A perspective of great poetic intensity, facing the heart of the speaker, not of his darkness, but of a man who has lived a great deal and wants to transform that vital intensity into a whole world of words. It is that world so particular to Francisco Véjar, so much his own, of poets and musicians and films, with which he converses. These elements are also firmly settled into his poetry, in which we find so many absences, above all of lovers who, for one reason or another, abandoned him. The main one, of course, is paradoxically death itself; he writes: “It’s true, if poetry were real / you should be here.” These verses appear as a notable discovery, making us “feel” the solitude of the speaker who, despite giving off so many forms of beauty (making us feel the absence of the beloved is just one of them), undoubtedly ensures that Francisco Véjar’s poetry be the expression of a man who loved, not few or “the one,” nor all or many. All of this to finally construct an archetype of the absence that fills itself with the teachings, the memory, the silenced voices, the landscapes revisited à la Proust, of those loves that have, in many ways, torn apart his words, just as they have put together the surface of the poem. So, this book can be read as a fragmentary whole of that miracle that is survival through the word, despite the fragility that verse by verse, poem by poem, is expressed to us.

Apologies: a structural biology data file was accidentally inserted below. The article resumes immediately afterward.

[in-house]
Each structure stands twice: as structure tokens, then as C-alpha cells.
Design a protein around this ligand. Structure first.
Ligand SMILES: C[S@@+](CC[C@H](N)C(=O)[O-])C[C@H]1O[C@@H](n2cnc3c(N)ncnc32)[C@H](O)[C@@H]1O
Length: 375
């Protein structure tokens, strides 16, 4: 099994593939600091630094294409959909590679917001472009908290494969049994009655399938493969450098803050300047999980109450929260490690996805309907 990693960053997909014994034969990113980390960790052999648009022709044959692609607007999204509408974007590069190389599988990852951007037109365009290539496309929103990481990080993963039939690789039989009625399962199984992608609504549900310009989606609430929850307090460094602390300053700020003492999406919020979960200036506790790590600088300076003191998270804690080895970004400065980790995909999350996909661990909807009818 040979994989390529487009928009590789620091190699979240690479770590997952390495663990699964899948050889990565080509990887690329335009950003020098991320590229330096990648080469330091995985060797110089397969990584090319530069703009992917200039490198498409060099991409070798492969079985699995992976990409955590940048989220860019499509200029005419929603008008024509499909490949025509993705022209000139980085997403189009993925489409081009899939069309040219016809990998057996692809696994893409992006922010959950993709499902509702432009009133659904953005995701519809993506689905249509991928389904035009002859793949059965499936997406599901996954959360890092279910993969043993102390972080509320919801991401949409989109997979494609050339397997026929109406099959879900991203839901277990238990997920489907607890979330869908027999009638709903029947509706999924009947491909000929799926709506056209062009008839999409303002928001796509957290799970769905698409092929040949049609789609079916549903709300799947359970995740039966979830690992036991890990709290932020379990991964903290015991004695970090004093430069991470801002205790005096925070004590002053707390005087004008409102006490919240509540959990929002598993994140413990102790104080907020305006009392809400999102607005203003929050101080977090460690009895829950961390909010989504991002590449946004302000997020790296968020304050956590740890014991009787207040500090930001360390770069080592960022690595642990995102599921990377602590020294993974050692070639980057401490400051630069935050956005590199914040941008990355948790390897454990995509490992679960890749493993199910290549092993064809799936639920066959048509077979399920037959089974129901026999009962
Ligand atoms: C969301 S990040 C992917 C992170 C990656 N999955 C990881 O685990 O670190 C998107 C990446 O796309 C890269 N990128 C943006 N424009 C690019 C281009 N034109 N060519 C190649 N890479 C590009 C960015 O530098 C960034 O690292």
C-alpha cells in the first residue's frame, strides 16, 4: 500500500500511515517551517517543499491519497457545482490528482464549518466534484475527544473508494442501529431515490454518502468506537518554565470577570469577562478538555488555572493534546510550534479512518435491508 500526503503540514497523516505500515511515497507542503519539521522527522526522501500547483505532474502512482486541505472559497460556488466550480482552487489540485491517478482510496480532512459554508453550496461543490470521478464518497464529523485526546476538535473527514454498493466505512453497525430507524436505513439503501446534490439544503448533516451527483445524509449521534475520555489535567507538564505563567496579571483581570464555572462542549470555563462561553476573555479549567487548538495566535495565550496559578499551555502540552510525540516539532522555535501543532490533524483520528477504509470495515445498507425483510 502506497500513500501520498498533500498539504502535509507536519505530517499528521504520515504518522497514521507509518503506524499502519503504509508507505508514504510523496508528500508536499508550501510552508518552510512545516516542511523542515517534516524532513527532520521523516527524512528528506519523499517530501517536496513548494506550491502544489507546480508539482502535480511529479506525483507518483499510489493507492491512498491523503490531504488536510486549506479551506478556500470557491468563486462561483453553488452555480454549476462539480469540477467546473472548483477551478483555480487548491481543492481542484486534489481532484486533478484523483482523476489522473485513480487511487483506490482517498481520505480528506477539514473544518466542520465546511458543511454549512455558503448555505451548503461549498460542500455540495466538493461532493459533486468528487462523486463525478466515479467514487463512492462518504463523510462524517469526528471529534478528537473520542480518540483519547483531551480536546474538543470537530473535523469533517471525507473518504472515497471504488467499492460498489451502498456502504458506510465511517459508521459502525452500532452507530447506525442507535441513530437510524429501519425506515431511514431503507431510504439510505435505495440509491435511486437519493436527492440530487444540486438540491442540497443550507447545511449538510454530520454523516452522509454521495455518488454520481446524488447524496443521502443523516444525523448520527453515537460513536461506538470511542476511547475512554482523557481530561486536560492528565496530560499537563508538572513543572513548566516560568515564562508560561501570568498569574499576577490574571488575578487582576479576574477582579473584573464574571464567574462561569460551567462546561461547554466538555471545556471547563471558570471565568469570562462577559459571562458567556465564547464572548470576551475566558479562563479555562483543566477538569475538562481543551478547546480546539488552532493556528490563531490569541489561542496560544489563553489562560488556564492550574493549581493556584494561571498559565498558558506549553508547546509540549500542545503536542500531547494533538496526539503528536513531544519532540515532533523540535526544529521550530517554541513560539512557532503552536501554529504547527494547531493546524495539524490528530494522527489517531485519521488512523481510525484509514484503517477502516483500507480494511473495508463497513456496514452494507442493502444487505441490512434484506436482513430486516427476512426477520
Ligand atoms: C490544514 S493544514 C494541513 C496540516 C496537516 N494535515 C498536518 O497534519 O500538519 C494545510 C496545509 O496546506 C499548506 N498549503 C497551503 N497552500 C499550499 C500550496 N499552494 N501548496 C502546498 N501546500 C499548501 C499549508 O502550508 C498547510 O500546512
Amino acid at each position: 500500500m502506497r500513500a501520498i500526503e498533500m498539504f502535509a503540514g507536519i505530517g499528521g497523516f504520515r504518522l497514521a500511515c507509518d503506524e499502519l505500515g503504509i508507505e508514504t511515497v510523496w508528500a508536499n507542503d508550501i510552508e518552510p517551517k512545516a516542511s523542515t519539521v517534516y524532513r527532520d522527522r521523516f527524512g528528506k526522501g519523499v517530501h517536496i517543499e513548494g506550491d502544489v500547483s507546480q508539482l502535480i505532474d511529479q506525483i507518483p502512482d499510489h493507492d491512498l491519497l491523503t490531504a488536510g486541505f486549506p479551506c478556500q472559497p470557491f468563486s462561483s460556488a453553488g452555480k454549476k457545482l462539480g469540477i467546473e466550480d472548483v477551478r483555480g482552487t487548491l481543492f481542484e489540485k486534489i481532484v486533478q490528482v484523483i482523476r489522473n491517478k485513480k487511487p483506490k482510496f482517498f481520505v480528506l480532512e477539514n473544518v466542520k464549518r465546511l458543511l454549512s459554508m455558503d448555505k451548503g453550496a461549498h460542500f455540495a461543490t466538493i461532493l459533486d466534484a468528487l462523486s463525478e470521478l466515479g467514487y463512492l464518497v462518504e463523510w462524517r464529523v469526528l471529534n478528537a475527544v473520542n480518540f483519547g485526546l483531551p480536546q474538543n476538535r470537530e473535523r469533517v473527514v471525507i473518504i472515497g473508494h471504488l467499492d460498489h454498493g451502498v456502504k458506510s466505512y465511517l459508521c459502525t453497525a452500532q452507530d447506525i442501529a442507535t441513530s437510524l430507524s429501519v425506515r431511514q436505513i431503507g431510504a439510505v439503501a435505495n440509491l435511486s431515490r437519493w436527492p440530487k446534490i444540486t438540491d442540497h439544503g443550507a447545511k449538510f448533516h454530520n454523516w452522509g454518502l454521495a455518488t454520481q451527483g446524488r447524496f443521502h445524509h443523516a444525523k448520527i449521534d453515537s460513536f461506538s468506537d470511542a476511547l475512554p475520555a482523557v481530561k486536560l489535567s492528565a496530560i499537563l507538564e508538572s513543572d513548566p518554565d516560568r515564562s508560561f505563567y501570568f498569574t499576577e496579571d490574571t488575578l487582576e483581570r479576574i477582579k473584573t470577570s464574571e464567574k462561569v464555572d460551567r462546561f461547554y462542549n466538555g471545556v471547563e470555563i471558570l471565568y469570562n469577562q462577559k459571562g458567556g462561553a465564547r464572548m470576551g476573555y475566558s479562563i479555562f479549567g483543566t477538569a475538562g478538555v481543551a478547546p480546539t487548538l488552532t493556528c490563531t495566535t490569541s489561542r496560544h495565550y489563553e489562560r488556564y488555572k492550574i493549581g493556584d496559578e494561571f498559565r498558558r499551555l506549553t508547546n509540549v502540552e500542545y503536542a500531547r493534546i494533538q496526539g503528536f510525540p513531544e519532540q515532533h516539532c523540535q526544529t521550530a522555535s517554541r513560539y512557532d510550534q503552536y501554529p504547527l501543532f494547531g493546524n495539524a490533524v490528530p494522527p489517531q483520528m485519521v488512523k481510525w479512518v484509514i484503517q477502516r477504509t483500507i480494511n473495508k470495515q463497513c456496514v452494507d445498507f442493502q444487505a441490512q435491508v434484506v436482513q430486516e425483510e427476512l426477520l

All true poetry, I believe, is personal, lyrical, and subjective; it engulfs us through its textual practices. In Véjar’s case, music is like a sigh; his flaneurism, just the same, on walks that leave no footprints and gazes that, if left behind, are the setting for each statement that tells us of the woman and her absence, of permanent death and its consequences, of the “pained feeling” and its shadow, the landscapes like calm watercolors. Examples include the poems “Resplandor” [Radiance], “El viento” [The wind], and “Lo que no alcancé a escribirte” [What I didn’t manage to write you]. In these temples, in these statements we can see how the wounded hand, or the hand of the wounded, trembles. Or the hand that tries not to tremble but can’t help it, because “it has a wound” that transforms it into a poetry as quotidian as it is ghostly.
The unsaid, the intuited, the whispered is the strength of Francisco Véjar’s poetry. A suspicious and sensitive reader will be able to unravel “a hundred syllables […] encoded, furtive, with collapsing houses and wounds in the sidewalk.”
Among secrets, birds, transparencies, walks, gazes, and melodies, we flow like a river into the poem that forms the irrigating heart of this book’s wound: “Estación Leopoldo María Panero.” Certainly, Francisco Véjar is not a poet of dysphoric madness, like Panero: there is no delirium or delirium tremens in his verses, nor are there nihilist storms that leave him on the edge of emptiness or Artaudian madness; but in this book he shows us, or demonstrates, that his words stand with their feet on the edge of the cliff. This final poems tells us so: “Estación Leopoldo María Panero / all that I write and descry / goes to the base of the blood.”